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RE: Mobile Processes (was 'Slides from my talk at CPA2000')
I think we still suffer from thinking too much about context, rather than
communication, and above-all commitment, ie protocol. Conventional OOP
confuses context with communication from the beginning, and thus, in my
view, stands no chance of expressing predictable concurrent behaviour. (I
have completely lost interest in Java.)
Deadlock-freedom demands a higher layer of protocol - eg to implement
some kind of client/server relation. Transmitting a channel will require
the recipient to continue honouring such protocol. It must therefore also
receive state information (history). This is where I begin to get stuck.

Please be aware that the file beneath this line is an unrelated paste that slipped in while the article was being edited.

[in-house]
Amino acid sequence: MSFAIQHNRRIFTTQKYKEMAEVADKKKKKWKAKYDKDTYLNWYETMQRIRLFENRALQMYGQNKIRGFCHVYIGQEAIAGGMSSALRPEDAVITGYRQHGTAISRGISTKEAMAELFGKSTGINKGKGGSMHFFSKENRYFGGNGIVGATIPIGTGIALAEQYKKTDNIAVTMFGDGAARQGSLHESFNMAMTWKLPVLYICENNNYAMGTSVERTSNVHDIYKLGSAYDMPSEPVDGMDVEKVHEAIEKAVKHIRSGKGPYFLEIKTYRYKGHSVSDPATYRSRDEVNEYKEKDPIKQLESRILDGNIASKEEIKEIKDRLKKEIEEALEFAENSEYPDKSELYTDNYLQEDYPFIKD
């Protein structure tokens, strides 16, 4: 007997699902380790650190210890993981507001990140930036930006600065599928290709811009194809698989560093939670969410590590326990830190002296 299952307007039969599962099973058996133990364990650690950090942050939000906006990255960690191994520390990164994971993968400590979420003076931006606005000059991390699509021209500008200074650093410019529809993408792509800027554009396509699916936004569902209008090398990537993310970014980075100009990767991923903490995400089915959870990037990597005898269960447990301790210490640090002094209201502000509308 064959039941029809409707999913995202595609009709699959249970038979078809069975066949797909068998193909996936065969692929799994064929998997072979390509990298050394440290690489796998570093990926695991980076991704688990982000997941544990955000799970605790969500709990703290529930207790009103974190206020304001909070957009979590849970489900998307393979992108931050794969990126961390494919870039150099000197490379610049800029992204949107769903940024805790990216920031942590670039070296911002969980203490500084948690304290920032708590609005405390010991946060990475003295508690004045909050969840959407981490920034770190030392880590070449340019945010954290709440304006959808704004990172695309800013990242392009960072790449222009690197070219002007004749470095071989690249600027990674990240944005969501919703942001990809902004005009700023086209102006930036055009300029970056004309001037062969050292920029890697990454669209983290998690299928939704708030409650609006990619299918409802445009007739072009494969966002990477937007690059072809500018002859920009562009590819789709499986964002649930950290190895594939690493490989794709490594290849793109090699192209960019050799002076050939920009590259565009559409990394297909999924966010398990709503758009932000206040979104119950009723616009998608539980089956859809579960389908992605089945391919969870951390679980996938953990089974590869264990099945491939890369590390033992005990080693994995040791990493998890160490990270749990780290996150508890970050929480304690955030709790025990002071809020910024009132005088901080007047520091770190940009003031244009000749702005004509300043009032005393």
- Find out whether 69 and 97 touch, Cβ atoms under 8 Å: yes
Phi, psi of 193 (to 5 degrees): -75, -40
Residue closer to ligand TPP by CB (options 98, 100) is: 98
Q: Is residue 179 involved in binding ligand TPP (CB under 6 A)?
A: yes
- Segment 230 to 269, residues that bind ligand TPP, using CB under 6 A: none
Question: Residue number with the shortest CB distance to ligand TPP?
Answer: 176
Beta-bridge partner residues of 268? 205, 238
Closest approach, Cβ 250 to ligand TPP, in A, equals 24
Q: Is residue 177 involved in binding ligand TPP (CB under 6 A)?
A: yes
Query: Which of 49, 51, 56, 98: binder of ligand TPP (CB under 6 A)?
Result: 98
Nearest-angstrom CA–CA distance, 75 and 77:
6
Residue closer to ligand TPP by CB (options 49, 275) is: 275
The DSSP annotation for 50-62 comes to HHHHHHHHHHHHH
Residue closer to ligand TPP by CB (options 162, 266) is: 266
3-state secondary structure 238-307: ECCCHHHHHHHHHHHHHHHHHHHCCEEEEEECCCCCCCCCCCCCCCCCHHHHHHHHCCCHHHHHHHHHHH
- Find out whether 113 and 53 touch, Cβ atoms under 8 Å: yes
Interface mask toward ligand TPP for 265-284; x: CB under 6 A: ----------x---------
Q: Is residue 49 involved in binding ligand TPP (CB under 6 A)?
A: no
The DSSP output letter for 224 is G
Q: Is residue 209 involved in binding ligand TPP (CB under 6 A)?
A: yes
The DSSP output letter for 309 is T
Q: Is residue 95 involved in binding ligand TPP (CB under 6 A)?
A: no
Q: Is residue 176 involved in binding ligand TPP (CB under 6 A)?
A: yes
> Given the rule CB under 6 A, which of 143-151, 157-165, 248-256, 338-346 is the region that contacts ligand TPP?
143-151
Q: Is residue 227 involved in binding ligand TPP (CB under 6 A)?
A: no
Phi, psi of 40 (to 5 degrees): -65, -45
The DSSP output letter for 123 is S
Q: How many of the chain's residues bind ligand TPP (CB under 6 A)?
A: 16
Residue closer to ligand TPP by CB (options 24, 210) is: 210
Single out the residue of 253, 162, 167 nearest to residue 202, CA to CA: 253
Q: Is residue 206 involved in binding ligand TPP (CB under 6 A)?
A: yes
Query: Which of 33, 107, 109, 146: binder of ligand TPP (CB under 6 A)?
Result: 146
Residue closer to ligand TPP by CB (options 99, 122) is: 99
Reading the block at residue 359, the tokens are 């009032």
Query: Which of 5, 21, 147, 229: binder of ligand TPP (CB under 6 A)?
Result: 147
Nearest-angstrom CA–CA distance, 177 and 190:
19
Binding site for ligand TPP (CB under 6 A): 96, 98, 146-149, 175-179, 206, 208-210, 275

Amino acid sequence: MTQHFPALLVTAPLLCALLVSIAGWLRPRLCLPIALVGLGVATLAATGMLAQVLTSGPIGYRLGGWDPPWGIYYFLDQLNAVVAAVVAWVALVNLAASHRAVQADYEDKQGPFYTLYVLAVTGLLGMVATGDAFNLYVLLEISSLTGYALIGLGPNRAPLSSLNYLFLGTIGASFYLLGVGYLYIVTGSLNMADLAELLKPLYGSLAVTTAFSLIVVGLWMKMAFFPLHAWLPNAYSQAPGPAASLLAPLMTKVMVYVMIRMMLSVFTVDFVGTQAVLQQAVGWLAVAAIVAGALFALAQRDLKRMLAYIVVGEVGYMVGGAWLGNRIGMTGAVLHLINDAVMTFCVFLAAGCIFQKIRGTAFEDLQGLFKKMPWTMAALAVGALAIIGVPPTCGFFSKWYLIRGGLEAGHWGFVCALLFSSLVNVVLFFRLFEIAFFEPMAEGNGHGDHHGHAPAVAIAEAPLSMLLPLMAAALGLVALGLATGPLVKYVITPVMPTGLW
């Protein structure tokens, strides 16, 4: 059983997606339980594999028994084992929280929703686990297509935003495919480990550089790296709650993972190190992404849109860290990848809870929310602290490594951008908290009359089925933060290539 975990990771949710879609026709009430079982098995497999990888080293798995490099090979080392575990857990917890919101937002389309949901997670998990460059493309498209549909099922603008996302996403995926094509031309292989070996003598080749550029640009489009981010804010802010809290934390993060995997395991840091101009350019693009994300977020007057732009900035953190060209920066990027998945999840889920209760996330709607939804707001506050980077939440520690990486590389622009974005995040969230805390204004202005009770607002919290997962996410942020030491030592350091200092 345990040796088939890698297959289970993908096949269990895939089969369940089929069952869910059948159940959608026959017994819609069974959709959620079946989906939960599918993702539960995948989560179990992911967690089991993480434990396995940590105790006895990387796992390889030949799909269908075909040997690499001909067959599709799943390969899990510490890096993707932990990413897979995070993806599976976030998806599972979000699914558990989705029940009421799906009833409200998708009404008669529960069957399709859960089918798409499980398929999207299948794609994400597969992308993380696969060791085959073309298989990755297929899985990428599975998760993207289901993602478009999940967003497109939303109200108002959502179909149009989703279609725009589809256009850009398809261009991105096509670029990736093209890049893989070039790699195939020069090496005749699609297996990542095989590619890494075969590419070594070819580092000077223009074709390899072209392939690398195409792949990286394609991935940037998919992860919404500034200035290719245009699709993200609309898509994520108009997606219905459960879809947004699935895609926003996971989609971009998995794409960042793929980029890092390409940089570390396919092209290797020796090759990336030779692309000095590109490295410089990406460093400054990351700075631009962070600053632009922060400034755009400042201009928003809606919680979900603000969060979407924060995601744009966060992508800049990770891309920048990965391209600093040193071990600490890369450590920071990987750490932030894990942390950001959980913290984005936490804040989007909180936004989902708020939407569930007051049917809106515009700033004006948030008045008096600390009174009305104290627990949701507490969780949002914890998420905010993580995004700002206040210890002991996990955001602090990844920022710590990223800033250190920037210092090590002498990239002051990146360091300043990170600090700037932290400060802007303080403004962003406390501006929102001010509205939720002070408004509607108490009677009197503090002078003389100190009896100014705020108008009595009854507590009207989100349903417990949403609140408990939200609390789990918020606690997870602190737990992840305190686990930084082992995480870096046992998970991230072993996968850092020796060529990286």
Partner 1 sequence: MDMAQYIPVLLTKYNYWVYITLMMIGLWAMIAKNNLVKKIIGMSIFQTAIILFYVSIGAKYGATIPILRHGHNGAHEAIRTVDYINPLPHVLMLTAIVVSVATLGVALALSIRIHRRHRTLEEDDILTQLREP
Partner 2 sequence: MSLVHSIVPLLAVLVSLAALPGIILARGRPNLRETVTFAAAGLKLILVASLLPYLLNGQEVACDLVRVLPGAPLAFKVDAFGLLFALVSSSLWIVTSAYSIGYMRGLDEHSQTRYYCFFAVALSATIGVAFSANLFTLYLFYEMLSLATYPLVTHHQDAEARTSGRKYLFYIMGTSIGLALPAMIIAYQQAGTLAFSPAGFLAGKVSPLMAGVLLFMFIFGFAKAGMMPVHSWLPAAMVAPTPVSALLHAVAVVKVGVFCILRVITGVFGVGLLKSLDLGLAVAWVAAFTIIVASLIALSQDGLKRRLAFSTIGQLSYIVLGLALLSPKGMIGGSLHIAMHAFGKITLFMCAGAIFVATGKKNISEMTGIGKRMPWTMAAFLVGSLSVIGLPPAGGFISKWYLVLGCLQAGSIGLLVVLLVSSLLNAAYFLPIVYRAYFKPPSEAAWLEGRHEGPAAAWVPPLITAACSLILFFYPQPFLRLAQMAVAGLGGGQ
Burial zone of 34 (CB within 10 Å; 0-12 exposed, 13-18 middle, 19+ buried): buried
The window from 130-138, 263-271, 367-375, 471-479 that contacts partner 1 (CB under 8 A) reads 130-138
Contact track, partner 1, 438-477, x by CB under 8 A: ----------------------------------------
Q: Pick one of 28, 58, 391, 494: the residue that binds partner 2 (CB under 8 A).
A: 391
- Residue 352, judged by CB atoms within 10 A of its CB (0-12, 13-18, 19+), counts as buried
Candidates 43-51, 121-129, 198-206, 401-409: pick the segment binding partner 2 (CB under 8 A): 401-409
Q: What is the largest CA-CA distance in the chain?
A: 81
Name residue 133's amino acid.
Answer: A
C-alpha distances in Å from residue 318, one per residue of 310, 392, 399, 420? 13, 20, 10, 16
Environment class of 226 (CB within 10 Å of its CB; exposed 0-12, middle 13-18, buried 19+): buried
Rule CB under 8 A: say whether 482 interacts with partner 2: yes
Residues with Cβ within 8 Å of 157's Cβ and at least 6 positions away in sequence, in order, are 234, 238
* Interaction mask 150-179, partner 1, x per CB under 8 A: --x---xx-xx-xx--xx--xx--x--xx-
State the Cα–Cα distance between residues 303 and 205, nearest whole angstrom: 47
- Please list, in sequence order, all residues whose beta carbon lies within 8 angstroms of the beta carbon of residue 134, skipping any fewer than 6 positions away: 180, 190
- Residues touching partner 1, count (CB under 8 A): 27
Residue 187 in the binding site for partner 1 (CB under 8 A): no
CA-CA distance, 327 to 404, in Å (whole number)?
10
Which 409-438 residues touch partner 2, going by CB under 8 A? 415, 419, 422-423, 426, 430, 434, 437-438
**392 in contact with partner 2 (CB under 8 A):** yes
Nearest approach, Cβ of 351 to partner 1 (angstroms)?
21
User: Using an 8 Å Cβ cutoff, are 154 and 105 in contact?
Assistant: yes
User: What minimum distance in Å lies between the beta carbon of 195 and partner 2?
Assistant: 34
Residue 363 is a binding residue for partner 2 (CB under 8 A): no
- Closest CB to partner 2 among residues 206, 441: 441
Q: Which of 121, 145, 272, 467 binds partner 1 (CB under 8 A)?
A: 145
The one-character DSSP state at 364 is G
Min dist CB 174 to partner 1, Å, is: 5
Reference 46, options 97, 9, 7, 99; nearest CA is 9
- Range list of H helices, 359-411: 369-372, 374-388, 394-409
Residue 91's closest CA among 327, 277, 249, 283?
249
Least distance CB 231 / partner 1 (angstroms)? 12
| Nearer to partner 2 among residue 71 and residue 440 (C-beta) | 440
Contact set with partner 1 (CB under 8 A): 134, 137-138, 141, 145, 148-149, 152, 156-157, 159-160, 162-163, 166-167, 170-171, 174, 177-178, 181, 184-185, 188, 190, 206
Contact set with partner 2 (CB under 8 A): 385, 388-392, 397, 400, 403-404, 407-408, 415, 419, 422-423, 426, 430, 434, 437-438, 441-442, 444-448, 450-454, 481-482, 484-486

One has to show that the design rules for client-server deadlock-freedom
remain obeyed for _all possible_ configurations (client-server digraphs).
(Each connection can lie at any state.)
It's not too hard to see how one might express the ability of a process
to accept such "typed" (?) channels, though one does wonder whether the
extra language complexity is worth it, and whether the wonderful
simplicity and readability of occam might vanish.
Transmitting a process might mean sending the _ability_ to honour a
certain protocol. Things seem to get worse, as far as predictable
behaviour is concerned. Any CS digraph is now possible.
I sometimes wonder how any software ever works! ...or perhaps it just
Dr. Ian Robert East School of Computing and Mathematical Sciences
ireast@xxxxxxxxxxxxx Oxford Brookes University
(44) 1865 483635 Oxford OX3 0BP
Consultation hours for 2000/2001 Term 2
Not yet assigned